Updated March 8, 2021

  • FDA has not approved any biosimilars in 2021 after only approving three in 2020.
  • EMA approves second Novolog® (insulin aspartate), fifth Avastin® (bevacizumab), eighth Neulasta® (pegfilgrastim), and twelfth Humira® (adalimumab) biosimilars, and withdraws approval of an adalimumab biosimilar and a pegfilgrastim biosimilar.
  • Given the increasing number of approved biosimilars in Europe,

On November 18, 2020, companies Samsung Bioepis Co., Ltd. and Biogen Inc. announced that the United States Food and Drug Administration (“FDA”) accepted for review the Biologics License Application for SB11, a proposed biosimilar referencing Genentech, Inc. product Lucentis® (ranibizumab).  Ranibizumab is an anti-VEGF (vascular endothelial growth factor) therapy for retinal vascular disorders, which are

The world-wide market share of biologic drugs is advancing at a staggering pace, with some estimates ranging from $ 300 billion to $452 billion in revenue within the next five years.[1],[2],[3]  The treatment costs for patients administered biologic drugs are very high relative to historic drug prices.  The one year

Updated October 12, 2020

  • FDA has only approved two biosimilars in 2020.
  • No biosimilars have launched in the U.S. since April 2020.
  • EMA approves first Novolog® (insulin aspartate), third and fourth Avastin® (bevacizumab), and sixth Herceptin® (trastuzumab) biosimilars.

As pharmaceutical drug costs attract increasing media attention and political scrutiny, a growing number of biosimilar drugs

  • FDA has not approved any biosimilars in 2020.
  • Two Herceptin® (trastuzumab) biosimilars launch in the U.S. in Q1 2020.
  • EMA approves third Enbrel® (etanercept), eleventh Humira® (adalimumab), seventh Rituxan® (rituximab), and second Humalog® (insulin lispro) biosimilars.
  • FDA has redefined “Biologic Products” to open new pathways for biosimilar and interchangeable approvals of proteins including insulin.

As

The European Medicines Agency’s Committee for Medicinal Products for Human Use (CHMP) held its monthly meeting on March 23-26, 2020. During the meeting, the CHMP reported important updates on the status of the approval process for biosimilars relating to etanercept and rituximab.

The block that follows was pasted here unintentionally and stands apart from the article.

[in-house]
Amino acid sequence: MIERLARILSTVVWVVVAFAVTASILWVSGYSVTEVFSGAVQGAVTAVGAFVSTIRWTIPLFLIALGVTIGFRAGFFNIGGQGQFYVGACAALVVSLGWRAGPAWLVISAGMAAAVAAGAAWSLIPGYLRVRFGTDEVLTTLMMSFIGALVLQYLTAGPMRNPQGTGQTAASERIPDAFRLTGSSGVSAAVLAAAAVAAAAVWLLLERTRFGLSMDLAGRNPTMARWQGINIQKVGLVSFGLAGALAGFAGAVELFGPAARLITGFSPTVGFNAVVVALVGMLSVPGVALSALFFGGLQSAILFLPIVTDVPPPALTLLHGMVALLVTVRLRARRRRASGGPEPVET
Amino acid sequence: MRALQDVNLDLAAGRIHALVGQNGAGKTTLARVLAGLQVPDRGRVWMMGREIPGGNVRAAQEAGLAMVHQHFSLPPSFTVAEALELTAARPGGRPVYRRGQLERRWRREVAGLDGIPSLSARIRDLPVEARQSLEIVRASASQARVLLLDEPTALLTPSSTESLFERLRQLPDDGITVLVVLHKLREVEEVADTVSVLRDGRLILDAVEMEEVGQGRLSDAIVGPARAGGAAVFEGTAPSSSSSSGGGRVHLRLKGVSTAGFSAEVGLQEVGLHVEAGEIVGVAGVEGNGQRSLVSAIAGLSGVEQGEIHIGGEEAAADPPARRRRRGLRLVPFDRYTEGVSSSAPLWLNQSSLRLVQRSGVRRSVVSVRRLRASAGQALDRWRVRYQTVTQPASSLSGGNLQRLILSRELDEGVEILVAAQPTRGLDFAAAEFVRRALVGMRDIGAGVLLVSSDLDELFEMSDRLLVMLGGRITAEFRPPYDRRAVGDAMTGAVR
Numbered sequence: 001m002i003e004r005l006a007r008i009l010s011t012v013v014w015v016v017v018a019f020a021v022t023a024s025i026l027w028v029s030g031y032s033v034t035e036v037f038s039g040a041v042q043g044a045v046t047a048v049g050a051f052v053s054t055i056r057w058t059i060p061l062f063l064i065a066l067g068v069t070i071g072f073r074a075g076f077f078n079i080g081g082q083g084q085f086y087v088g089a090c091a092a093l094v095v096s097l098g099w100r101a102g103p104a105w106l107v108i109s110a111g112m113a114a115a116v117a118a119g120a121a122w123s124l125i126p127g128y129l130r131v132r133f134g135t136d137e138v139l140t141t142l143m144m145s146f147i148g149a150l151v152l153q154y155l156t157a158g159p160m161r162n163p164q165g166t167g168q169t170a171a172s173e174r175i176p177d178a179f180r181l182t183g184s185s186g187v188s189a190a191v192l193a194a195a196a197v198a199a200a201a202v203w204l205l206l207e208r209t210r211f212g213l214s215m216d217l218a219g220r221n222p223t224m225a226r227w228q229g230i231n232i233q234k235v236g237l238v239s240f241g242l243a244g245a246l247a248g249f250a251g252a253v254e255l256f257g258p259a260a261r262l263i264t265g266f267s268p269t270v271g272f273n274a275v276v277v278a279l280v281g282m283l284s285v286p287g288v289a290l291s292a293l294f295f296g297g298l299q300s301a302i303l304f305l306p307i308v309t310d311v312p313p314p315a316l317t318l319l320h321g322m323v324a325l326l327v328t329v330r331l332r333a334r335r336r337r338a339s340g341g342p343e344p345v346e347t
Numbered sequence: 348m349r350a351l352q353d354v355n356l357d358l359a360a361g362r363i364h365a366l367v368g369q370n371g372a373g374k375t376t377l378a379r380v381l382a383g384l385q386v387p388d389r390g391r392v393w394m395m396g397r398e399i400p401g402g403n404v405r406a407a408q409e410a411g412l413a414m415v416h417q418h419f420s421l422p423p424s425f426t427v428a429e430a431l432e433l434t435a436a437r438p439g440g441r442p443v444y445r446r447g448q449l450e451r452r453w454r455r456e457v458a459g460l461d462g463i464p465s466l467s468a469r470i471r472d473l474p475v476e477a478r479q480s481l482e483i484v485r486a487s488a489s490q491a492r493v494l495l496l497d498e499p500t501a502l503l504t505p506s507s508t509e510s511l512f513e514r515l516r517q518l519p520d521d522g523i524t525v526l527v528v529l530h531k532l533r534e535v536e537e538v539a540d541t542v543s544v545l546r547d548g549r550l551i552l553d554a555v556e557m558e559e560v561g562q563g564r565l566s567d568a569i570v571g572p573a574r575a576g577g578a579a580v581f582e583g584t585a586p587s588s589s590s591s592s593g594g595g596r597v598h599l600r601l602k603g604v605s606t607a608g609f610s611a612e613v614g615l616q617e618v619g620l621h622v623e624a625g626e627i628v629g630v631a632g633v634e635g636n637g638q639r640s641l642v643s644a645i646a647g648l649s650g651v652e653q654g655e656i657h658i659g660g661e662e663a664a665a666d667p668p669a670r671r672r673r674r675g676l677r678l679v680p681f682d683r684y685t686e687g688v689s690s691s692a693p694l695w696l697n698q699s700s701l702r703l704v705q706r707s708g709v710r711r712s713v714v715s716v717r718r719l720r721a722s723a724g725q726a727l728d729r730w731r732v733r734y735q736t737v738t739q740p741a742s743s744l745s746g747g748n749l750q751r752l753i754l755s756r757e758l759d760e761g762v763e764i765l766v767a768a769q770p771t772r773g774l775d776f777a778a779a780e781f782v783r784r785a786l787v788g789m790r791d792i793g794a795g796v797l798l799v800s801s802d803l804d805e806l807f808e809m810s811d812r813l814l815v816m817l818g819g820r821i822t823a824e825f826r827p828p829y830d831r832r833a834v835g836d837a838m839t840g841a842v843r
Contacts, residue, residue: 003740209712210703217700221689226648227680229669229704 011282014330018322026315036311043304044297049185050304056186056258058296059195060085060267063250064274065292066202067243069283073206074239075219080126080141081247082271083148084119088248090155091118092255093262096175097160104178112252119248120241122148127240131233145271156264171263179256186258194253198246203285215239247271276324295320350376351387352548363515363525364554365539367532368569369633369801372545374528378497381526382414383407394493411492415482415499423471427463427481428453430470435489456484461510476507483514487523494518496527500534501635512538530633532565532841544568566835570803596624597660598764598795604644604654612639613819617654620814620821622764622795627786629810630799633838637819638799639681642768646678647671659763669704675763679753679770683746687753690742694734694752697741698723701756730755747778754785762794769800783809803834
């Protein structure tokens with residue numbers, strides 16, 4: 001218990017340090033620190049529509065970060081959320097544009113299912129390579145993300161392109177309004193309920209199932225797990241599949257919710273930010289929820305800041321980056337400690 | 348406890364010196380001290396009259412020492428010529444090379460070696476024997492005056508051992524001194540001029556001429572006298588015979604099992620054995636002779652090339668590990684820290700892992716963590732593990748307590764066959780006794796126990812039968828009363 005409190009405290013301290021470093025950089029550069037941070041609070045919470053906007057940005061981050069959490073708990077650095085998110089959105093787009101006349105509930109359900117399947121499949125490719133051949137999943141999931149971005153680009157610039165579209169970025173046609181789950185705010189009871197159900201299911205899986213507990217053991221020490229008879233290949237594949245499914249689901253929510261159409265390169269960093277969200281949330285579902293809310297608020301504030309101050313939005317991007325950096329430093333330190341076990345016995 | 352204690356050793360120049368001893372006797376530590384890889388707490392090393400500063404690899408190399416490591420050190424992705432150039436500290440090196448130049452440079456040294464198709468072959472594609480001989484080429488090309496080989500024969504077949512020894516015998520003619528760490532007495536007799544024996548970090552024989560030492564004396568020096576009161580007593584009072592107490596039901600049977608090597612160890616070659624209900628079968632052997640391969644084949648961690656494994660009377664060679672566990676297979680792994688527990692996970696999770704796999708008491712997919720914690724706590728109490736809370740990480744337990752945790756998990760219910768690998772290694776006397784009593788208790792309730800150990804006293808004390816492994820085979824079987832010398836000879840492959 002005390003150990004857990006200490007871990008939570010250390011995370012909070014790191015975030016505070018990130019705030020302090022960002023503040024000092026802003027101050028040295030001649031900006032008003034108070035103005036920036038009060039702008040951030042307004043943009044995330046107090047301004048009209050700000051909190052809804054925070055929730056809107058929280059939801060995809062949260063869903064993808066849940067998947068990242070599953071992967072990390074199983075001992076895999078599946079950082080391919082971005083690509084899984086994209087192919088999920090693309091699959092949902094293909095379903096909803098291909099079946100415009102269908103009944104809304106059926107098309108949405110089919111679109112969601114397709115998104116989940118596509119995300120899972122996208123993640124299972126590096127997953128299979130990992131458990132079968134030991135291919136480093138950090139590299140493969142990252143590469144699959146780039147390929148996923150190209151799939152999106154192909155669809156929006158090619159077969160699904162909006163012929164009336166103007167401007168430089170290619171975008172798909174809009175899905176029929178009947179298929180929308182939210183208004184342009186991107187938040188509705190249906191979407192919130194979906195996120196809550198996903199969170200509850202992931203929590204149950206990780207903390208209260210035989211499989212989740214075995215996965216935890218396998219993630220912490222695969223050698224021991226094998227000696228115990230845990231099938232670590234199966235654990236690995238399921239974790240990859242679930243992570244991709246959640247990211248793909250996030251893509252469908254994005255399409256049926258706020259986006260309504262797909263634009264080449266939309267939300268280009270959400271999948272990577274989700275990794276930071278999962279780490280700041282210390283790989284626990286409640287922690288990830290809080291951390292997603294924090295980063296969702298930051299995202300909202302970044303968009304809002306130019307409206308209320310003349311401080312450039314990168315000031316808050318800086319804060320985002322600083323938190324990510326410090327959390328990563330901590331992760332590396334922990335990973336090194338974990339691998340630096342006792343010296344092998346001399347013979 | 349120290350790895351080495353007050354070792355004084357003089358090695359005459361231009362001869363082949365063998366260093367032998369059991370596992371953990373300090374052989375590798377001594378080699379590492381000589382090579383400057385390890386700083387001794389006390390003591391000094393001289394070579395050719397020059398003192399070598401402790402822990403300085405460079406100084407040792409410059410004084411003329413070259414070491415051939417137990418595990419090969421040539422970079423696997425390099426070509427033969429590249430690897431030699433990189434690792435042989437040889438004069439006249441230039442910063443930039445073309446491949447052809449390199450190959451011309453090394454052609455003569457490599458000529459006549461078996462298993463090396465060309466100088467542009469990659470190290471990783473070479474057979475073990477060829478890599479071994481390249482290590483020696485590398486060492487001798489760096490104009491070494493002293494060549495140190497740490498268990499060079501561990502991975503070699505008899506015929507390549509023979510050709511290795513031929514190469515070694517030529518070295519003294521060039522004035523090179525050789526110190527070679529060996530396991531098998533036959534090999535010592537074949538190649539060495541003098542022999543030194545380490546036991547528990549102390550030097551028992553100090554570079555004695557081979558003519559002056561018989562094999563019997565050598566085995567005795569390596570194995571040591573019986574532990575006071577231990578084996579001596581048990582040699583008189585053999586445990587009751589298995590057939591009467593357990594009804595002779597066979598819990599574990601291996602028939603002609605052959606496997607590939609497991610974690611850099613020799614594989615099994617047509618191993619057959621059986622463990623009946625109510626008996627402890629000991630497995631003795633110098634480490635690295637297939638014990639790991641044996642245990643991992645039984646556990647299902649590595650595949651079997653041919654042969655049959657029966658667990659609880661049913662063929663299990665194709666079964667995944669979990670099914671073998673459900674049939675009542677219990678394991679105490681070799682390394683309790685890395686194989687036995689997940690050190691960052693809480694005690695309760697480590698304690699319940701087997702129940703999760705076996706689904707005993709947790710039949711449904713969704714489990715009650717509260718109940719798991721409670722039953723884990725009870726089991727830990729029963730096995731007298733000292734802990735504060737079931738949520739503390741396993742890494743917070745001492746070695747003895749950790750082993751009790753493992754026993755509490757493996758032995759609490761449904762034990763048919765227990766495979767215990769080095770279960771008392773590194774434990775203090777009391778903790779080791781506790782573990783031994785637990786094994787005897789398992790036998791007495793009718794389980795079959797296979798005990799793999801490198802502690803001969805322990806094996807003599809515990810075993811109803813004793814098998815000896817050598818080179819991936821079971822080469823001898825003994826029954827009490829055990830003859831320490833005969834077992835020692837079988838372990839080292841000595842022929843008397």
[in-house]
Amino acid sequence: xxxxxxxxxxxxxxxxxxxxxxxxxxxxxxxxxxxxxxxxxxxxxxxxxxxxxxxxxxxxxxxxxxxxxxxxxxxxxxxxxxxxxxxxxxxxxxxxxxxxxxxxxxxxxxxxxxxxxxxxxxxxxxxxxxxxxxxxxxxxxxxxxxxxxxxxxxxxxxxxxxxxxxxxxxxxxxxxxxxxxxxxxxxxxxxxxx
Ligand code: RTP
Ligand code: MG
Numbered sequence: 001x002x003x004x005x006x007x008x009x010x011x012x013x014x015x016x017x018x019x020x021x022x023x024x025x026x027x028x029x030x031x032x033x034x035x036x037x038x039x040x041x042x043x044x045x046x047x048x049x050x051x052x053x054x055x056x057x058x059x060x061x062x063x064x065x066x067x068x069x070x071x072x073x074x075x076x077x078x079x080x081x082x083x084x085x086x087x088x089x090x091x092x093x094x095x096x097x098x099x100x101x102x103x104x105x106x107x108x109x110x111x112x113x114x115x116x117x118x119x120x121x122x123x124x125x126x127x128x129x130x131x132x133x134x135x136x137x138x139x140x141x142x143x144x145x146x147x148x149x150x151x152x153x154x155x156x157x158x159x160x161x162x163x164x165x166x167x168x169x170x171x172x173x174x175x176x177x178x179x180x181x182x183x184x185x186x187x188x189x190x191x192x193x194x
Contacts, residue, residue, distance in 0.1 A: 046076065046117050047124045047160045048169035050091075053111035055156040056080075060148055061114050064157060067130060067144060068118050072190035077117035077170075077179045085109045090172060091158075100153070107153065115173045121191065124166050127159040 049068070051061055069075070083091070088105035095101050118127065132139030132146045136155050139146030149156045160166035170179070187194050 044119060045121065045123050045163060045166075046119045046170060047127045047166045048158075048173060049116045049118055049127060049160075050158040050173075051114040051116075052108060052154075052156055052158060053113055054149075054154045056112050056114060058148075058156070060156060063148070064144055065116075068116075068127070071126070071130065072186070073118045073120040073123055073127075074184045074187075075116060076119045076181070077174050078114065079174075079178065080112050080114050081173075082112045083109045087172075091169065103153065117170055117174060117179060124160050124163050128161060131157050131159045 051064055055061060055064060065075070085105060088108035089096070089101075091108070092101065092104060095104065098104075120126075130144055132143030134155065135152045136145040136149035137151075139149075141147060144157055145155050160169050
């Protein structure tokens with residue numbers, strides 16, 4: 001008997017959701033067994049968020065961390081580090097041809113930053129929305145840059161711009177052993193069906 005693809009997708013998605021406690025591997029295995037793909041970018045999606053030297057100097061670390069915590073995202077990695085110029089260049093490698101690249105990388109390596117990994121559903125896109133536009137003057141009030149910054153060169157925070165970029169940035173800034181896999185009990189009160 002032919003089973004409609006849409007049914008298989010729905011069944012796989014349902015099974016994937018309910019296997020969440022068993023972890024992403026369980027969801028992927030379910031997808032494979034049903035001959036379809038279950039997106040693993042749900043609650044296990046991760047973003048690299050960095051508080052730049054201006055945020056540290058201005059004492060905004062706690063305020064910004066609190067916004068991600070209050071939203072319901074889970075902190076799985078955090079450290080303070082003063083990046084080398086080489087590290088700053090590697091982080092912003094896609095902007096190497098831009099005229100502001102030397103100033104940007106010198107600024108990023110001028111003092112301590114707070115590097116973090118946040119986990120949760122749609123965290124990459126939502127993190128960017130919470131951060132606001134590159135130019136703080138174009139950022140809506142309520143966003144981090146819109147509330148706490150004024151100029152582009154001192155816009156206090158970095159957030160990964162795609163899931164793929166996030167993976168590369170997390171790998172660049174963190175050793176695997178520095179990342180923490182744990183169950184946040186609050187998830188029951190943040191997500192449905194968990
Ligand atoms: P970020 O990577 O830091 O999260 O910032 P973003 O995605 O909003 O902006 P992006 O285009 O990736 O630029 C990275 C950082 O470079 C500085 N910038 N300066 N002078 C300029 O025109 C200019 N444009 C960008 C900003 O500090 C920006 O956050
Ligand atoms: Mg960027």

• Nepexto® (Etanercept)

At the meeting, the CHMP adopted a positive opinion that recommended

  • Since November 2019, biosimilar versions of pegfilgrastim, rituximab, bevacizumab, and trastuzumab have launched in the United States.
  • FDA approved fifth Humira® (adalimumab) biosimilar, but it will not launch until 2023.
  • FDA approved third Neulasta® (pegfilgrastim) biosimilar and all three have launched.
  • FDA approved fourth Remicade® (infliximab) biosimilar.

As pharmaceutical drug costs attract increasing media attention

  • FDA approves fourth Humira® (adalimumab) biosimilar with launch delayed to 2023.
  • FDA approves second Rituxan® (rituximab) biosimilar, neither of which has launched.
  • FDA approves second Avastin® (bevacizumab) biosimilar, which is expected to launch in late 2019.
  • FDA approves fifth Herceptin® (trastuzumab) biosimilar, which launched in July 2019.
  • European Medicines Agency has not approved any new

The U.S. Food and Drug Administration (FDA) and the E.U. European Medicines Agency (EMA) announced that Slovakia has beeen added to a mutual recognition agreement (MRA) regarding good manufacturing practice (GMP) inspections in the European Union.  Slovakia was the last of the 28 member states of the European Union to be recognized as capable of

  • FDA approves the second Enbrel® (etanercept) biosimilar—no etanercept biosimilar has launched in the United States to date.
  • FDA approves the fourth Herceptin® (trastuzumab) biosimilar—no trastuzumab biosimilar has launched in the United States to date.
  • European Medicines Agency approves ninth and tenth adalimumab biosimilars and second bevacizumab biosimilar.

As pharmaceutical drug costs attract increasing media attention